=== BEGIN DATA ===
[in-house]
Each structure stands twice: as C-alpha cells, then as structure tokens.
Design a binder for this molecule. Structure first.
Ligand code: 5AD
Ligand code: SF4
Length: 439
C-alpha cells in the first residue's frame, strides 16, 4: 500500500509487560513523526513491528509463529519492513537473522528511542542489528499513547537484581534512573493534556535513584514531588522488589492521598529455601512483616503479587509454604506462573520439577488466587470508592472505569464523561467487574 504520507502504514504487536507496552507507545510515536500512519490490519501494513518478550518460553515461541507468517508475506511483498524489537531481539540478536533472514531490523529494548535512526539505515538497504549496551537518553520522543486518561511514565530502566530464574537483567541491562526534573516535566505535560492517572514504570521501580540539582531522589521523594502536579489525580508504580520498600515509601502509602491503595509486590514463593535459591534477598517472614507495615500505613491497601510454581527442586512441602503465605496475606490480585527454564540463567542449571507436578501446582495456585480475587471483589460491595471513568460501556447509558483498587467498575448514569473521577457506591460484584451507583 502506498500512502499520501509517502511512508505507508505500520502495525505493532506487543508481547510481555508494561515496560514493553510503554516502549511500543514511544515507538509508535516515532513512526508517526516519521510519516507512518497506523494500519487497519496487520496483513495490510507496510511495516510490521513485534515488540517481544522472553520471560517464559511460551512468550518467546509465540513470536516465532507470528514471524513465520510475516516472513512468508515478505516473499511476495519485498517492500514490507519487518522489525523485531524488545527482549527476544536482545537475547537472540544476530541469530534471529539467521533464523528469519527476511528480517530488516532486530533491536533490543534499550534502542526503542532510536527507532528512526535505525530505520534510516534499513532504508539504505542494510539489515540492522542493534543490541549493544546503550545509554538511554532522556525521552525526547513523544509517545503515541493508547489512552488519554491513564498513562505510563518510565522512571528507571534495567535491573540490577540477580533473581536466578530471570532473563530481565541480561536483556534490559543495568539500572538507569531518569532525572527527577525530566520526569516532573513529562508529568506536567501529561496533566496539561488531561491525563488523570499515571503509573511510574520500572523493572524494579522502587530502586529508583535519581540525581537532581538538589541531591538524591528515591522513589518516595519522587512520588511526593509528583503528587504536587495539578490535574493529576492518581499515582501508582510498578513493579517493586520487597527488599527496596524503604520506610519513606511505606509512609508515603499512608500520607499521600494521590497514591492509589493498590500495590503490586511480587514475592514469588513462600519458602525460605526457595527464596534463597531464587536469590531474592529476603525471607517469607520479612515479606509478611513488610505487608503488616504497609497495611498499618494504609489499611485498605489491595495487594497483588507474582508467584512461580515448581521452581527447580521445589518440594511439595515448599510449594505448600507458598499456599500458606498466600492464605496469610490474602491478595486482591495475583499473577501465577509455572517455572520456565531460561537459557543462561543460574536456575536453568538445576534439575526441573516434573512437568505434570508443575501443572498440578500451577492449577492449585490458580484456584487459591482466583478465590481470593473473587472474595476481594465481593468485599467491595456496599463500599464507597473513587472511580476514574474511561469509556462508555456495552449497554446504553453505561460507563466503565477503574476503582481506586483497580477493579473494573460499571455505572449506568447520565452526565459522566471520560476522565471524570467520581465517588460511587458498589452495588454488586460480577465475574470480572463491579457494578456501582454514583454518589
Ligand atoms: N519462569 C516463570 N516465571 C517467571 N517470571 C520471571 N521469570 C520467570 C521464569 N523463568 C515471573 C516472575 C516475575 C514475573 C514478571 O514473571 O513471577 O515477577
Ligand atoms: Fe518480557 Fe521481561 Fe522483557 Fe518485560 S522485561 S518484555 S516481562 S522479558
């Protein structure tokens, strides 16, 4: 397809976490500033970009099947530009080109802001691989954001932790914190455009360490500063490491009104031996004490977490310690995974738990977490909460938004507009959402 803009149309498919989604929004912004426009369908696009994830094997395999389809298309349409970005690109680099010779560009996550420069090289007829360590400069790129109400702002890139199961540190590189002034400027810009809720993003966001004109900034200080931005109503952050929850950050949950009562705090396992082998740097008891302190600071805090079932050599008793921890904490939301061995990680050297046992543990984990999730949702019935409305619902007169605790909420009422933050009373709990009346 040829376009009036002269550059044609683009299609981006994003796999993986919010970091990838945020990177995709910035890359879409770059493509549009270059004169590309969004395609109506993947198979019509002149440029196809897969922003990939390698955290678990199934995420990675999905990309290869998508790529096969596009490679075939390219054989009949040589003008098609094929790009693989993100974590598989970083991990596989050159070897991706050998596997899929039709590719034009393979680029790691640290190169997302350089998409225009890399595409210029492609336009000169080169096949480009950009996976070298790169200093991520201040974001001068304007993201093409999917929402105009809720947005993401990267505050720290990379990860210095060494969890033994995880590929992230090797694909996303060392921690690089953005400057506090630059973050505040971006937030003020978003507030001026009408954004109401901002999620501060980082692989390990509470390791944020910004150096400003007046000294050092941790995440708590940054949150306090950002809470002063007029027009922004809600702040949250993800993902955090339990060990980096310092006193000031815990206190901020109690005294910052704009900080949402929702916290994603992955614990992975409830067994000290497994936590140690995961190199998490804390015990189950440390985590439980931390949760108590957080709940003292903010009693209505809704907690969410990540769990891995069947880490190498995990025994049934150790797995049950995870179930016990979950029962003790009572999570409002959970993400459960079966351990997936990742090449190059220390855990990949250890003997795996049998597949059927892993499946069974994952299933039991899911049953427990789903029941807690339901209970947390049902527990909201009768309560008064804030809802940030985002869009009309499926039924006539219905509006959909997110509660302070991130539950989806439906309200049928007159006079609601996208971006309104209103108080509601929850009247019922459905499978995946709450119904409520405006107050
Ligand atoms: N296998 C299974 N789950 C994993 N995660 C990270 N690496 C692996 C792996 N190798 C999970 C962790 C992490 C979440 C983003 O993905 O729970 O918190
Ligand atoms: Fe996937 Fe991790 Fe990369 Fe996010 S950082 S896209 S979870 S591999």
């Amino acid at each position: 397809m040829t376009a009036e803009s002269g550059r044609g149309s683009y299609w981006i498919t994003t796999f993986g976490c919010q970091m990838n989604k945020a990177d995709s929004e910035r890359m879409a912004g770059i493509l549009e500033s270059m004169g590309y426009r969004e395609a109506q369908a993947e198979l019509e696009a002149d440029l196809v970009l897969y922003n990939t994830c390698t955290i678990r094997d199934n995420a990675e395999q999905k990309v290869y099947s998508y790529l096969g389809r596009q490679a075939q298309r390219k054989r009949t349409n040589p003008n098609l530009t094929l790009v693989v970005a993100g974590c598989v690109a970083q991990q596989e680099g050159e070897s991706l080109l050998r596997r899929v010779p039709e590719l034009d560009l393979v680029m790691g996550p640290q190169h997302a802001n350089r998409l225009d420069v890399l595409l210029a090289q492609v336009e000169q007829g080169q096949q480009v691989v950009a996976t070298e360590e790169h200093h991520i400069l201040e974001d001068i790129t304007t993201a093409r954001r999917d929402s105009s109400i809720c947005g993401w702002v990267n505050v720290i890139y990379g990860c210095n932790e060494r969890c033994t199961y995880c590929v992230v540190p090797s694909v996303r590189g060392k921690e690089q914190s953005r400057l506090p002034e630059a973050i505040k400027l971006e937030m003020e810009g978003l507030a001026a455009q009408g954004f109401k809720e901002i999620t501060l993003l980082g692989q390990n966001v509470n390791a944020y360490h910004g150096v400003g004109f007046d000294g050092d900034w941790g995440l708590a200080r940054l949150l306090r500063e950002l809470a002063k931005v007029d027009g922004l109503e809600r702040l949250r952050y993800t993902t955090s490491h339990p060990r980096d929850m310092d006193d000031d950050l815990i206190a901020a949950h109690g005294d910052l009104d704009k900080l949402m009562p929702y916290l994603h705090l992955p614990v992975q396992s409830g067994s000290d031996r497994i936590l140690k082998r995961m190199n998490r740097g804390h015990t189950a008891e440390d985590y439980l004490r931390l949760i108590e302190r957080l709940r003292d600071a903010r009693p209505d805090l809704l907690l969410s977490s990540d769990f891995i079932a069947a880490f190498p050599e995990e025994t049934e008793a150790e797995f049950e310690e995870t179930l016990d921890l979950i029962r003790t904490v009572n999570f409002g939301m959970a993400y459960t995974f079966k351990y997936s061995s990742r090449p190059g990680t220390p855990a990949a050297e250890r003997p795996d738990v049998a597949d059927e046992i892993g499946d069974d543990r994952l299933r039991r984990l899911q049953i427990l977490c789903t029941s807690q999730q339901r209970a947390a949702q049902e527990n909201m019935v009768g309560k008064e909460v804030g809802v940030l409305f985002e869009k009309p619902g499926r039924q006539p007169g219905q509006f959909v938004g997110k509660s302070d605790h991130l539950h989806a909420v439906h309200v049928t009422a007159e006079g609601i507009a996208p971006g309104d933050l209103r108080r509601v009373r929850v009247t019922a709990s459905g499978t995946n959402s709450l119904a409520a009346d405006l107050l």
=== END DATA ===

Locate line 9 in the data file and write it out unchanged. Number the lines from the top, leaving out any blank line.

Ligand atoms: Fe518480557 Fe521481561 Fe522483557 Fe518485560 S522485561 S518484555 S516481562 S522479558